You don't have to compromise your vision, but perhaps you can fit your vision to a smaller project/experiment. Remove anything unnecessary.

Good-looking new graphics and ideas above, by the way.
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oldblood
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« Reply #52 on: February 11, 2015, 09:14:21 AM »

It's not native to unity, its a plug-in called PlayMaker. Would highly recommend to users who're looking to quickly prototype or simply aren't the best programmers. It's incredibly powerful visual scripting. "Simple to pickup, difficult to master" etc etc.

And I'm not surprised my description was confusing. I tend to ramble...

He really does.

Basically, the game is going to be a pretty linear experience for the player. You will be able to respond how you want, go where you want etc. (and this may impact your experience) but you wont be able to proceed without following the linear path laid out for you. This path will remain the same till basically the end of the game where it branches. Because the game is linear, it needs to know that if you've spoken to this NPC about X, or picked up item X etc that you may not also have Y conversation or find Y item.

Example: I want some narration to occur after you've had a specific conversation with NPC X. Once you've you completed that conversation, I want the narrator to make a comment that suggests you now speak to NPC Y and also updates NPC Y based on the conversation you've had with X. NOW-- with this state machine I can have a state for the event when you talk to NPC X, once completed- it moves to the state for the Narration prompts and updates NPC Y as each event state is triggering the next event to occur AND its moving the player's progress state from Event 10, to 11, to 12 etc. The "Event Dispatch" is just sitting there waiting for these events to occur so it can fire off the next one and update your progress.

That probably didn't make much sense either...

I'd say a solution both to doubting while being unable to jump ship, and fear of the state machine(s) getting too complex and cumbersome, might be to make this game reasonably short. That way your experiment will get finished within a reasonable timeframe and the game will be small enough that messy code (or a visual state machine) won't matter too much, because you won't be working on it for so long that you'll start to forget what everything it supposed to be doing. You don't have to compromise your vision, but perhaps you can fit your vision to a smaller project/experiment. Remove anything unnecessary.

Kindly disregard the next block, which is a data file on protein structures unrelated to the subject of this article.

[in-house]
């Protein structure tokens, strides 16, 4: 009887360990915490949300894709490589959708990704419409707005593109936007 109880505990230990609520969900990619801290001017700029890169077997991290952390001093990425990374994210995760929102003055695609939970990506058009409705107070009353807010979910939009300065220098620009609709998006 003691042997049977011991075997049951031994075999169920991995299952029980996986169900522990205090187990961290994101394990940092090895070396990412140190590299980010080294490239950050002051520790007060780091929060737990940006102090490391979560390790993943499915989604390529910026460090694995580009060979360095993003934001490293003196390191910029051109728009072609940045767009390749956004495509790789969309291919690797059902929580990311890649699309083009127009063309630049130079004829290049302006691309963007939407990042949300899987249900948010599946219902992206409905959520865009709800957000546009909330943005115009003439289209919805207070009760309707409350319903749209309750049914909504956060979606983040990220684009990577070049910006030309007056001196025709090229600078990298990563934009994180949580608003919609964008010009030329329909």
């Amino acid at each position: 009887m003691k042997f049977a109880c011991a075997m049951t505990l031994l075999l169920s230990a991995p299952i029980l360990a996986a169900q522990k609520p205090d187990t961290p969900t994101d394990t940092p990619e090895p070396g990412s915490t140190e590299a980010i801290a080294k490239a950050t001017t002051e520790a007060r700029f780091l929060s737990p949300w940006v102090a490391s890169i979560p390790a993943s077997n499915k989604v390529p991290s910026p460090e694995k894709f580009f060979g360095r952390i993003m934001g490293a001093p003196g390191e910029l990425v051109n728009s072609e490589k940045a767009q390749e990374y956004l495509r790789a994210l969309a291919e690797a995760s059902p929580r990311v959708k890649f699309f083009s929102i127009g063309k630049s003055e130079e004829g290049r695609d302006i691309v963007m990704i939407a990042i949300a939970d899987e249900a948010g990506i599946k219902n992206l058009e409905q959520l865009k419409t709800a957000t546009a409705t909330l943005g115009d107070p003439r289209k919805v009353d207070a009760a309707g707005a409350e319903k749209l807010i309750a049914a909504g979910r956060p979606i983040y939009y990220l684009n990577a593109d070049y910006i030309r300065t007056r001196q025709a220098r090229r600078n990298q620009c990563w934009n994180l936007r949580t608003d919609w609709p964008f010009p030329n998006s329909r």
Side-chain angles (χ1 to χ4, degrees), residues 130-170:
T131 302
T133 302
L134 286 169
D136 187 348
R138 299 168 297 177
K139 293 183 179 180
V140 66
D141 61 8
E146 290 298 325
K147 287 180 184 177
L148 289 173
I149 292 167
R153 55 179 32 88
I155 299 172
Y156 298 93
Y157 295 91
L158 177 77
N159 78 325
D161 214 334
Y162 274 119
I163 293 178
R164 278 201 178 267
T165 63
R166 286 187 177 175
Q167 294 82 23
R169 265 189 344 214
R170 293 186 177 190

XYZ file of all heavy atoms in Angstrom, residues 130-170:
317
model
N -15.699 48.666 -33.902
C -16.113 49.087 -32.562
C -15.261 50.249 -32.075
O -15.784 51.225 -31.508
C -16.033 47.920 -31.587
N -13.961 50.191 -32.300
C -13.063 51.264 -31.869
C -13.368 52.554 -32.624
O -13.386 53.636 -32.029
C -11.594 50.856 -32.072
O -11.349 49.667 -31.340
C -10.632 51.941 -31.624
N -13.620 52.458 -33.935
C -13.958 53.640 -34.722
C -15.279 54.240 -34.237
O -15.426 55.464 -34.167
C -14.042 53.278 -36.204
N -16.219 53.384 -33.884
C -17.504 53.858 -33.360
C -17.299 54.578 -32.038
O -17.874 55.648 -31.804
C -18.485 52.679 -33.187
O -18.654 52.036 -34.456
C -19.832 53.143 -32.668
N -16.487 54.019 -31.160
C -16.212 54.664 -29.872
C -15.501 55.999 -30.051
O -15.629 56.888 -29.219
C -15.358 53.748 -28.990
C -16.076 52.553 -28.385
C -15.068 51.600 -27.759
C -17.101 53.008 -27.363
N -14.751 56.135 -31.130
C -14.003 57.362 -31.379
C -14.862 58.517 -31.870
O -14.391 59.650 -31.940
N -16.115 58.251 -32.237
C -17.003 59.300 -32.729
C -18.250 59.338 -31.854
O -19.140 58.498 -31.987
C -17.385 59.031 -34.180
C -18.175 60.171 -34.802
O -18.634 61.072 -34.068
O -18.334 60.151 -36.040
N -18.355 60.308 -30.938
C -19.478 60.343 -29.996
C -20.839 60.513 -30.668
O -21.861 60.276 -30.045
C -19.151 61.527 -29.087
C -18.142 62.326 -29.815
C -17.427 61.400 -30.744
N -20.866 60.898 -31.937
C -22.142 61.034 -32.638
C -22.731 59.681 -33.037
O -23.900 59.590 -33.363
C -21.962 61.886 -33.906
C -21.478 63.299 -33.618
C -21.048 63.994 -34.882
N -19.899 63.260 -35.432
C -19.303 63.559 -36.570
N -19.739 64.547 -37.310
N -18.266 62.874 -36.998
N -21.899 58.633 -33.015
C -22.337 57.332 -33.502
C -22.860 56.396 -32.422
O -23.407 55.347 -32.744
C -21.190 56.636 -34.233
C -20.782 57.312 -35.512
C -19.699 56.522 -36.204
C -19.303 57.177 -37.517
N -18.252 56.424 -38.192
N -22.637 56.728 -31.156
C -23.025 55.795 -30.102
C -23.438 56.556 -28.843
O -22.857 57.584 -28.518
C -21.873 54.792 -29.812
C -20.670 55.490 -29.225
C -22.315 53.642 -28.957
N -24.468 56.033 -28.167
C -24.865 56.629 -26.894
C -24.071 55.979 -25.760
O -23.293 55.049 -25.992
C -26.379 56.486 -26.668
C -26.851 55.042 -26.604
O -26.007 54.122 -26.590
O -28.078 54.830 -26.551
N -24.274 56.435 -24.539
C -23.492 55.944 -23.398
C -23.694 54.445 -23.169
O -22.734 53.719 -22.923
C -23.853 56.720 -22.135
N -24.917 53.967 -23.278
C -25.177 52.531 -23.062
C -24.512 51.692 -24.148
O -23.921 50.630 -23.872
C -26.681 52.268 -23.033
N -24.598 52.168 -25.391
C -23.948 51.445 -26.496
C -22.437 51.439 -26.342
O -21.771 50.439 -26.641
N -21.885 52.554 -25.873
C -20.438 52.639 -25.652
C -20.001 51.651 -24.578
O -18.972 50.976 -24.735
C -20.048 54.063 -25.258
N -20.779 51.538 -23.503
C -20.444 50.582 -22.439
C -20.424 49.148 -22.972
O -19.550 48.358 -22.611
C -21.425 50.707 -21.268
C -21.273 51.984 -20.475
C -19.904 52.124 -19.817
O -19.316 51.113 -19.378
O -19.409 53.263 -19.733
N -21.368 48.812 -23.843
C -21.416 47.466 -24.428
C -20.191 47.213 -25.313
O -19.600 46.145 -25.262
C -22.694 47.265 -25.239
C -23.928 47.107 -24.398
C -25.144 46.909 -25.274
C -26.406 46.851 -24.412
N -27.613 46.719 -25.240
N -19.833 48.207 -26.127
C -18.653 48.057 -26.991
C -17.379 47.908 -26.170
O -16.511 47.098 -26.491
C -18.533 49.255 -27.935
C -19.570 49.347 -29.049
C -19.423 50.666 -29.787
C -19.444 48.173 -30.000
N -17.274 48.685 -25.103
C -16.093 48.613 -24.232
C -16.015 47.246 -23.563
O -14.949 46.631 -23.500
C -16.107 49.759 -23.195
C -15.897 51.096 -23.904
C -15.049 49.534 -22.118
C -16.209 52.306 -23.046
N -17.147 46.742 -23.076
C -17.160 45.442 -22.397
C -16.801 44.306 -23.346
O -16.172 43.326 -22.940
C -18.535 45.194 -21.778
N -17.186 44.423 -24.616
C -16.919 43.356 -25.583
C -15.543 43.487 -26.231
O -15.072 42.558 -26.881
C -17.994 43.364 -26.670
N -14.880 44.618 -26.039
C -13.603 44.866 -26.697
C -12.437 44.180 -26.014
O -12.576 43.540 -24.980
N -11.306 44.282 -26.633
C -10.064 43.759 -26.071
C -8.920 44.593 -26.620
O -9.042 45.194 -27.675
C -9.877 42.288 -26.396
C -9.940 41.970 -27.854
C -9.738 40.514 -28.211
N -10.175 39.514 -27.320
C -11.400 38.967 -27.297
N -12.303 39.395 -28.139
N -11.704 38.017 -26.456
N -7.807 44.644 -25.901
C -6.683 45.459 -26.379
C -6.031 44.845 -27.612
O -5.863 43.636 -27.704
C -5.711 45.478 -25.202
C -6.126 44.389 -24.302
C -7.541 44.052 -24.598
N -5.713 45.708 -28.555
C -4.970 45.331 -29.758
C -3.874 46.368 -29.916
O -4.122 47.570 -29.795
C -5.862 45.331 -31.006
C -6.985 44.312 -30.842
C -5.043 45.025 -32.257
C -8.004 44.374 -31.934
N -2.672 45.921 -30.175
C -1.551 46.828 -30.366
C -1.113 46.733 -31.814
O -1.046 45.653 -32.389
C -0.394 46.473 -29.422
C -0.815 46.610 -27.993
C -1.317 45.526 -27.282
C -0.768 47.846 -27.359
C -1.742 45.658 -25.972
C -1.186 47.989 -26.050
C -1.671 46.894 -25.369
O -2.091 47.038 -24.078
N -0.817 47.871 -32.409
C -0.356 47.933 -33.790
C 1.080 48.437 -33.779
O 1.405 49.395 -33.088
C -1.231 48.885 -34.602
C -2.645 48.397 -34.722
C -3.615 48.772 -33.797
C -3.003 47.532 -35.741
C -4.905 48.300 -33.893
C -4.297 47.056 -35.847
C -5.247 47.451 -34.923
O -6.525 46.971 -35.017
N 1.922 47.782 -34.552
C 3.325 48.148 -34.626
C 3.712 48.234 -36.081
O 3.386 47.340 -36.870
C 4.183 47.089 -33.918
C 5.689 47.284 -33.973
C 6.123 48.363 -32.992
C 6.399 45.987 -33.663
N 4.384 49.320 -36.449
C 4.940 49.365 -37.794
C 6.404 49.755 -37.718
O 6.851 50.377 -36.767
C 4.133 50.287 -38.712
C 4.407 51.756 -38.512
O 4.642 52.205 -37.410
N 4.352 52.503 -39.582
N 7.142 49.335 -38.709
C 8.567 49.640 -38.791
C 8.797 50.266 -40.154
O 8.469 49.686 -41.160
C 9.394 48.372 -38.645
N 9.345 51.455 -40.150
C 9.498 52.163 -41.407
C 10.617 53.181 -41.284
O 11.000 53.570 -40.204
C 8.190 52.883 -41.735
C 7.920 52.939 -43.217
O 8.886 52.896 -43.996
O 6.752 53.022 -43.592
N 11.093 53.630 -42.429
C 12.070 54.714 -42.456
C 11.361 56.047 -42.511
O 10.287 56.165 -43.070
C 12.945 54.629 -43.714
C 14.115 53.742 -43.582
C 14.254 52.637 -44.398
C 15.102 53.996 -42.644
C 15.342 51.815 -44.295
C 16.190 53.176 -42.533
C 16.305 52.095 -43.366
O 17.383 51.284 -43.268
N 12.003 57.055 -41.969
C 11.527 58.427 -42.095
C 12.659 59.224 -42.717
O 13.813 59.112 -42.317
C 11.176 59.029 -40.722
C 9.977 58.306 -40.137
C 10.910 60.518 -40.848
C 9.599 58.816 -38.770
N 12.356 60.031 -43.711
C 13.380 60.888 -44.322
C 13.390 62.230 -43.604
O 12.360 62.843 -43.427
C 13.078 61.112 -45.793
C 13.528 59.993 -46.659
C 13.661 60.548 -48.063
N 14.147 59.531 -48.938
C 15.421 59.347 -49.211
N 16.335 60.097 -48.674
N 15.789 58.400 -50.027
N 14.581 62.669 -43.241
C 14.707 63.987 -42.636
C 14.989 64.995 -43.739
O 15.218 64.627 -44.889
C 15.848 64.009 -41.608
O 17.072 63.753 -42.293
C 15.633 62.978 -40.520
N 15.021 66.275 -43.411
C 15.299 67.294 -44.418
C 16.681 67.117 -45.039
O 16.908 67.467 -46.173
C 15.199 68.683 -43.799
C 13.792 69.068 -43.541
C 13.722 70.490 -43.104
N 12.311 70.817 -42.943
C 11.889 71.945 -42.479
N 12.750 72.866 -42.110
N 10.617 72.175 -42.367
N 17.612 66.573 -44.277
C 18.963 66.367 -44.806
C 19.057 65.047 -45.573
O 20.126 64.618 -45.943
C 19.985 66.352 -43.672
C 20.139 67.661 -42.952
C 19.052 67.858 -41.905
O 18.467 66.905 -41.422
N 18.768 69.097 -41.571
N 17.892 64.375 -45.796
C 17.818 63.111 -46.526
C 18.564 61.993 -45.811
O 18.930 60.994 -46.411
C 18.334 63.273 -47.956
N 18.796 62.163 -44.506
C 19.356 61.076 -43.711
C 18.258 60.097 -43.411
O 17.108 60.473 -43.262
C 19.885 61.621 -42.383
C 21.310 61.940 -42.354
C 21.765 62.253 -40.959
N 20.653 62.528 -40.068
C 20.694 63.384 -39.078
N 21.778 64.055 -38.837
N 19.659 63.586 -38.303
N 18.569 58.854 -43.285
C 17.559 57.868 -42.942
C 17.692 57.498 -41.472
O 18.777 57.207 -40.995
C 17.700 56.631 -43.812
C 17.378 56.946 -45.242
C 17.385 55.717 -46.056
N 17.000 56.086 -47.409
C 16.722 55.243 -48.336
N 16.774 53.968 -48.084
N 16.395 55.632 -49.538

This is excellent feedback and sort of the direction I'm attempting to go. As mentioned, the game will be linear. No side quests, branching stories etc. It will be a 1-2 hour experience. I'm also pushing myself hard that the game development needs to end in June. So I have a 6-month window for the dev-cycle that I must stick to. I dont want to spend 2 years wallowing in an experimental side project...
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« Reply #53 on: February 11, 2015, 09:32:41 AM »

That probably didn't make much sense either...
It did make sense! Sounds good for a project like this. Kind of reminds me of the layout of some brainy games I've been playing recently, like The Room and other escape games.

This is excellent feedback and sort of the direction I'm attempting to go. As mentioned, the game will be linear. No side quests, branching stories etc. It will be a 1-2 hour experience. I'm also pushing myself hard that the game development needs to end in June. So I have a 6-month window for the dev-cycle that I must stick to. I dont want to spend 2 years wallowing in an experimental side project...
That sounds very reasonable to me.
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« Reply #54 on: February 13, 2015, 02:50:12 PM »


DEVLOG 15.

If you knew that you would grow up to be a killer, what would you do?

Victims. I’ve said it from the very beginning. You can’t have a game about growing up to become a killer without having victims. So why do you seem surprised? We kill people all the time in video games. But we don’t really think of them as “victims” do we?

***

Victims are an unpleasant part of this life and one that I will NOT dwell on as I find it to be an uncomfortable topic that negatively impacts my psyche. However, some things MUST be said about victims…

You do not necessarily want them to die.

Sometimes we do.

But most of the time, we don’t. We do, however, need them to be there for us at all times. You need them to be able to endure what you’re giving them. Really-- in a perfect world, they’d never die! They would exist simply to take what we give. Death is an unfortunate side effect of what we do. One of that grieves us, not because we miss them-- but because we have no one else when they’re gone. This is how the cycle begins, when one is gone-- we must find another to fill the void.

This is William. But he likes to be called “Billy”:

He trusted you. But I don’t know why…
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« Reply #55 on: February 13, 2015, 04:20:31 PM »